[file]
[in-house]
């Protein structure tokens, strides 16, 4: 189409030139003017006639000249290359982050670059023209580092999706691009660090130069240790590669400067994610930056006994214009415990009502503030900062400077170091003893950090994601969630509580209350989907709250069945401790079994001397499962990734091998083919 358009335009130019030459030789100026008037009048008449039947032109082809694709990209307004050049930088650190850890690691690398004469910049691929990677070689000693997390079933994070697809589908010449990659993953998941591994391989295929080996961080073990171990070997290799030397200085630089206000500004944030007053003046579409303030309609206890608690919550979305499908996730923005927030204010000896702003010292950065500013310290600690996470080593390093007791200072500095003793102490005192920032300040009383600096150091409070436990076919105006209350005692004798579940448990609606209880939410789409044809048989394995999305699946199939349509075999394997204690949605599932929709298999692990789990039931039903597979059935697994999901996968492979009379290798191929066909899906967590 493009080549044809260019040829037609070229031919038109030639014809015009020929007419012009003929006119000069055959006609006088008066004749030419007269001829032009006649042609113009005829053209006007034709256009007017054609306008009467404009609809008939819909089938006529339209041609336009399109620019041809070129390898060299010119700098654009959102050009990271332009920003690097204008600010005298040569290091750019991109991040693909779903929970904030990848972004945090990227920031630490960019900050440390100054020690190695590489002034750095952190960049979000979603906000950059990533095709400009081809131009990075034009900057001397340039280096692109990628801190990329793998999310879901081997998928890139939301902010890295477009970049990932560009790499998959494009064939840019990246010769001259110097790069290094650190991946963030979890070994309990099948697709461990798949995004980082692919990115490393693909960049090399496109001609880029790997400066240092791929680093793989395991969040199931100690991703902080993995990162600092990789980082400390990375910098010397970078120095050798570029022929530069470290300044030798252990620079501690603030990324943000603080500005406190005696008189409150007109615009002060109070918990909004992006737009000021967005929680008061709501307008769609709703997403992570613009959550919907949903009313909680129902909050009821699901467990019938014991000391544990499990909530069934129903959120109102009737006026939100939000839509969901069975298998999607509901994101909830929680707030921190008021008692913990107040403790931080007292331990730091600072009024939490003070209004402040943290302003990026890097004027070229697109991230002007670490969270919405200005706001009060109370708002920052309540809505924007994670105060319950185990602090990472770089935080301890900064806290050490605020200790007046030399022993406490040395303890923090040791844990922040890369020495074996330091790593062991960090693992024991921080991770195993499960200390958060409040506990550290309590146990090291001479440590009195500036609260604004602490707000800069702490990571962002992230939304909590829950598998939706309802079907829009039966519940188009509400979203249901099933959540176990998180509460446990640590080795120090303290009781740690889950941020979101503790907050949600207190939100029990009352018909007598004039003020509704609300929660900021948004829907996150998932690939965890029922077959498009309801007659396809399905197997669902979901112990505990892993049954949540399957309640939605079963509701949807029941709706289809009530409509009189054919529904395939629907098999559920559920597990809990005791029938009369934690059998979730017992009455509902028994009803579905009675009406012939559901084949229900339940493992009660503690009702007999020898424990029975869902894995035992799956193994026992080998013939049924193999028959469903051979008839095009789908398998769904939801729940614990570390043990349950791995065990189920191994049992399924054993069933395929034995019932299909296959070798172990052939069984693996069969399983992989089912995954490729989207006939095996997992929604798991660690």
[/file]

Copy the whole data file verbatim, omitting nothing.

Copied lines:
[in-house]
């Protein structure tokens, strides 16, 4: 189409030139003017006639000249290359982050670059023209580092999706691009660090130069240790590669400067994610930056006994214009415990009502503030900062400077170091003893950090994601969630509580209350989907709250069945401790079994001397499962990734091998083919 358009335009130019030459030789100026008037009048008449039947032109082809694709990209307004050049930088650190850890690691690398004469910049691929990677070689000693997390079933994070697809589908010449990659993953998941591994391989295929080996961080073990171990070997290799030397200085630089206000500004944030007053003046579409303030309609206890608690919550979305499908996730923005927030204010000896702003010292950065500013310290600690996470080593390093007791200072500095003793102490005192920032300040009383600096150091409070436990076919105006209350005692004798579940448990609606209880939410789409044809048989394995999305699946199939349509075999394997204690949605599932929709298999692990789990039931039903597979059935697994999901996968492979009379290798191929066909899906967590 493009080549044809260019040829037609070229031919038109030639014809015009020929007419012009003929006119000069055959006609006088008066004749030419007269001829032009006649042609113009005829053209006007034709256009007017054609306008009467404009609809008939819909089938006529339209041609336009399109620019041809070129390898060299010119700098654009959102050009990271332009920003690097204008600010005298040569290091750019991109991040693909779903929970904030990848972004945090990227920031630490960019900050440390100054020690190695590489002034750095952190960049979000979603906000950059990533095709400009081809131009990075034009900057001397340039280096692109990628801190990329793998999310879901081997998928890139939301902010890295477009970049990932560009790499998959494009064939840019990246010769001259110097790069290094650190991946963030979890070994309990099948697709461990798949995004980082692919990115490393693909960049090399496109001609880029790997400066240092791929680093793989395991969040199931100690991703902080993995990162600092990789980082400390990375910098010397970078120095050798570029022929530069470290300044030798252990620079501690603030990324943000603080500005406190005696008189409150007109615009002060109070918990909004992006737009000021967005929680008061709501307008769609709703997403992570613009959550919907949903009313909680129902909050009821699901467990019938014991000391544990499990909530069934129903959120109102009737006026939100939000839509969901069975298998999607509901994101909830929680707030921190008021008692913990107040403790931080007292331990730091600072009024939490003070209004402040943290302003990026890097004027070229697109991230002007670490969270919405200005706001009060109370708002920052309540809505924007994670105060319950185990602090990472770089935080301890900064806290050490605020200790007046030399022993406490040395303890923090040791844990922040890369020495074996330091790593062991960090693992024991921080991770195993499960200390958060409040506990550290309590146990090291001479440590009195500036609260604004602490707000800069702490990571962002992230939304909590829950598998939706309802079907829009039966519940188009509400979203249901099933959540176990998180509460446990640590080795120090303290009781740690889950941020979101503790907050949600207190939100029990009352018909007598004039003020509704609300929660900021948004829907996150998932690939965890029922077959498009309801007659396809399905197997669902979901112990505990892993049954949540399957309640939605079963509701949807029941709706289809009530409509009189054919529904395939629907098999559920559920597990809990005791029938009369934690059998979730017992009455509902028994009803579905009675009406012939559901084949229900339940493992009660503690009702007999020898424990029975869902894995035992799956193994026992080998013939049924193999028959469903051979008839095009789908398998769904939801729940614990570390043990349950791995065990189920191994049992399924054993069933395929034995019932299909296959070798172990052939069984693996069969399983992989089912995954490729989207006939095996997992929604798991660690």